He gave pensions to Corneille, Racine, Molière, and other men of genius.
Corneille gives his answer to such a challenge in the tragedy of Polyeucte .
It was an historic period, in which, in the words of Corneille, "Un grand destin commence un grand destin s'achève."
Napoleon said of Corneille, "Were he living I would make him a king;" but he did not read him.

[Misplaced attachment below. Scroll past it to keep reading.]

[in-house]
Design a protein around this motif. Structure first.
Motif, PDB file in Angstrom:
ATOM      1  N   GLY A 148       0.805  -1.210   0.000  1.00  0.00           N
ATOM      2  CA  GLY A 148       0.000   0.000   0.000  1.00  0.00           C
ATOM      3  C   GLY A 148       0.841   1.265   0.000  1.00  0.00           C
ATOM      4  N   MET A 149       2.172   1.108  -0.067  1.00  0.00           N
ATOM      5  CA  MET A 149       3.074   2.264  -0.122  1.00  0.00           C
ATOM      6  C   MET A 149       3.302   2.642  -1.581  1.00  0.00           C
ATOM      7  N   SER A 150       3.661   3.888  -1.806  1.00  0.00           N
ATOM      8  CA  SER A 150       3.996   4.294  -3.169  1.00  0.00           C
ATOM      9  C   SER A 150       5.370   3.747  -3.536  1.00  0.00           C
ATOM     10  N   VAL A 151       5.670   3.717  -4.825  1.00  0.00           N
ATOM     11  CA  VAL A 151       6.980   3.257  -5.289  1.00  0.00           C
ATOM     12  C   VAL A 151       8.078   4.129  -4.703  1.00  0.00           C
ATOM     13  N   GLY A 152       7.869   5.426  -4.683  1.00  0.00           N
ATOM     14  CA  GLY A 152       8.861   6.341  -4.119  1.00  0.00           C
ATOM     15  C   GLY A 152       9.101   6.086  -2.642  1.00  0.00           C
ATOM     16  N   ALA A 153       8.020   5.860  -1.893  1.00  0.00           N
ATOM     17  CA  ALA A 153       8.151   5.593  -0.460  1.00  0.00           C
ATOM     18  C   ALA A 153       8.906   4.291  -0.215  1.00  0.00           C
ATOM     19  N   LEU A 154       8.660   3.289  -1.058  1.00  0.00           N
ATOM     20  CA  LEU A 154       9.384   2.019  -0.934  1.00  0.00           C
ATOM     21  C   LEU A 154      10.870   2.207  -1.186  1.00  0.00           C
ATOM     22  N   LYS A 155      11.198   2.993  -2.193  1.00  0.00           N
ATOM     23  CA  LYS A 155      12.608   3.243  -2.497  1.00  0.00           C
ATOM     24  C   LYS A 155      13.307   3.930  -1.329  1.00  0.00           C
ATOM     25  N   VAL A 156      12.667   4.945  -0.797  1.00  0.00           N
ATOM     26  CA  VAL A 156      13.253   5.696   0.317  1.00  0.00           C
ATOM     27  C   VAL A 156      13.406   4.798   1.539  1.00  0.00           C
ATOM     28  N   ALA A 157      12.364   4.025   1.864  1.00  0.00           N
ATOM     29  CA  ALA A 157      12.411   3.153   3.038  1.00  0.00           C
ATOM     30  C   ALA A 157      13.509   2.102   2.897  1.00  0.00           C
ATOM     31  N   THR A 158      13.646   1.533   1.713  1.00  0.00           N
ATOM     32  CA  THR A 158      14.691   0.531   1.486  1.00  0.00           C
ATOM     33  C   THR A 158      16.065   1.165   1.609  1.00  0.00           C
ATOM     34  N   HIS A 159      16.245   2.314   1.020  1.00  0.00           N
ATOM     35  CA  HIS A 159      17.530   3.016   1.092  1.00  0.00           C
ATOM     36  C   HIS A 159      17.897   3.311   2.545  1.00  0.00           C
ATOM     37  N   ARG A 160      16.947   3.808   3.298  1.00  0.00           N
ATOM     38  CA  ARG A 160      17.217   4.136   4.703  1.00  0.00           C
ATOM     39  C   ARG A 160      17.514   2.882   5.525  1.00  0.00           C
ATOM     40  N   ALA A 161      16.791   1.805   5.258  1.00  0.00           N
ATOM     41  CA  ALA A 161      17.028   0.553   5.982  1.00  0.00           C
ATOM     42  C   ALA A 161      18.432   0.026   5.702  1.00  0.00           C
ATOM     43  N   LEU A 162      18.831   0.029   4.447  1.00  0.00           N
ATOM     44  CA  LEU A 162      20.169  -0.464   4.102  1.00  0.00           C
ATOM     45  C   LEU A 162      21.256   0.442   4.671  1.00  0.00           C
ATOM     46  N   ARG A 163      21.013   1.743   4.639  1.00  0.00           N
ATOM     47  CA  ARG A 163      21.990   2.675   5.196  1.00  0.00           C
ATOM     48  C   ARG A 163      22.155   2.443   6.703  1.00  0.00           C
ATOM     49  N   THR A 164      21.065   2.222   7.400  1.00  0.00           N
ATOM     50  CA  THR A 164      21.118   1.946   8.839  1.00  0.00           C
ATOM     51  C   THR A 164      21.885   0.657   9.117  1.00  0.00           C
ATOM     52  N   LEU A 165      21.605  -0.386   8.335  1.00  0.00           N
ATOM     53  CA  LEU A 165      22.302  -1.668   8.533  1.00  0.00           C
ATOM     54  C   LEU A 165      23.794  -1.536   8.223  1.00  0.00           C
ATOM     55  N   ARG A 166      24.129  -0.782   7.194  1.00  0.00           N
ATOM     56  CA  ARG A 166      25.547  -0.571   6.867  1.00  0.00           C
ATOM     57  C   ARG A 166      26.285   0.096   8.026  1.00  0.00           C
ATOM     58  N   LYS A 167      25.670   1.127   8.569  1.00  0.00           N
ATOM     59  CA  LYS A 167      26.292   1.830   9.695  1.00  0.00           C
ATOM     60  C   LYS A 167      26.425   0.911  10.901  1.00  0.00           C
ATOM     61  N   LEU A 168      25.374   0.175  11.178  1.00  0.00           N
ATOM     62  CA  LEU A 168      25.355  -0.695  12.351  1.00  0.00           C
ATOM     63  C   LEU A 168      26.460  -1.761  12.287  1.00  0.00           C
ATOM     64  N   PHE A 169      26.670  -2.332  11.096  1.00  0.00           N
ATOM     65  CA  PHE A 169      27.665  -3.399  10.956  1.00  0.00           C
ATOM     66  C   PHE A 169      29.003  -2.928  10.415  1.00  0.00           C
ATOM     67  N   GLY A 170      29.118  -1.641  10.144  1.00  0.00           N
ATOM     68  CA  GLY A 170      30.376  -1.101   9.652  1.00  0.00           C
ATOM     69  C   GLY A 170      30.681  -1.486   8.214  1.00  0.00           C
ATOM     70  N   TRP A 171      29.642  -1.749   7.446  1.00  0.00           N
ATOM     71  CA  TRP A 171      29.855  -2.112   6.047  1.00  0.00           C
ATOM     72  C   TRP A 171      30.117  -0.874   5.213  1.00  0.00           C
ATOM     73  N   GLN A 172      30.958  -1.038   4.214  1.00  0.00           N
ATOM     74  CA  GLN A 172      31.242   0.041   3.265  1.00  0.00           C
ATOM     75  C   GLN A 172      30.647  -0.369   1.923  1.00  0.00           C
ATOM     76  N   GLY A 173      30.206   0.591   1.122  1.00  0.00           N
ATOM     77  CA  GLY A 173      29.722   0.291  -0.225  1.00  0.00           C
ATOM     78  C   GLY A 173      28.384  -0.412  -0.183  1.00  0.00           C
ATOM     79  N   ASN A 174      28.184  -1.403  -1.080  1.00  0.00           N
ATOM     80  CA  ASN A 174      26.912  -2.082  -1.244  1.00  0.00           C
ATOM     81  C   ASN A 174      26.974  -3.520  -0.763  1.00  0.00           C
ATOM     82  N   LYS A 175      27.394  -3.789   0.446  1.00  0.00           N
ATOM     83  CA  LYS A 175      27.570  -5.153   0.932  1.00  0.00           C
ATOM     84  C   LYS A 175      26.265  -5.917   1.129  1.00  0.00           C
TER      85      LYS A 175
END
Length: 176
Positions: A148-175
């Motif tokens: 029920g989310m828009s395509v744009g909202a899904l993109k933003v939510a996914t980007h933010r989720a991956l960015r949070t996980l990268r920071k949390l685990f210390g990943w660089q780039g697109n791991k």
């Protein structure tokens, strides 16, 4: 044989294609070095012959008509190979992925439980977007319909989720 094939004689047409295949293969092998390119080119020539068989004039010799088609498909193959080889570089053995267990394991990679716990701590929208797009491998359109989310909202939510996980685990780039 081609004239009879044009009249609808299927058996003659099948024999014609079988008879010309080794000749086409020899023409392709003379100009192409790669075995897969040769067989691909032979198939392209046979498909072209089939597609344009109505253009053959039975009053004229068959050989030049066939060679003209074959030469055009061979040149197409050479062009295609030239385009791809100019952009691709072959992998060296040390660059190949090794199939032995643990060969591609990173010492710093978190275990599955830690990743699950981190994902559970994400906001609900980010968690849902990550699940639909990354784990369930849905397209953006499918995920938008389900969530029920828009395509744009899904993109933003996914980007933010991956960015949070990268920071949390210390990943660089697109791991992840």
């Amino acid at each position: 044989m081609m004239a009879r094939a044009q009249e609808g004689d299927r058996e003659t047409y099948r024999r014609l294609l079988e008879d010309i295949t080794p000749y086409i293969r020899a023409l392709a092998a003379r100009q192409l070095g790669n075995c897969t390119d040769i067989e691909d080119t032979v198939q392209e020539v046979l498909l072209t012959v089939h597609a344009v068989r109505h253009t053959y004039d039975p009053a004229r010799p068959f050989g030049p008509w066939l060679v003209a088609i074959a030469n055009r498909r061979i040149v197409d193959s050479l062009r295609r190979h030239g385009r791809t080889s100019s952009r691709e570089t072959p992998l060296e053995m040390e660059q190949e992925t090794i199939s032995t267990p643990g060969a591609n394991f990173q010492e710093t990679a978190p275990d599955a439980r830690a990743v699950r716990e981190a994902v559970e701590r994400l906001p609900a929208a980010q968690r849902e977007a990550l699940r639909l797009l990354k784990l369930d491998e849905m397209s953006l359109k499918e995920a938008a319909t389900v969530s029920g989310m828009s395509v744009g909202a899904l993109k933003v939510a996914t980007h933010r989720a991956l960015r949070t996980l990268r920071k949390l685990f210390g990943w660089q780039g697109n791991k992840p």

Sertorius, whose story is told by Plutarch, affords another picturesque subject for Corneille in one of his most famous tragedies.
The two great names in French tragedy are Corneille and Racine.
The groves of Versailles were a beauty unique in the world, as were then certain passages of Corneille.
Corneille did not, however, like Molière, tread the boards as an actor.
In Hugo, Corneille's apparent antagonist, Corneille lives again.
Corneille does not belong to the class of the "faultily faultless" writers.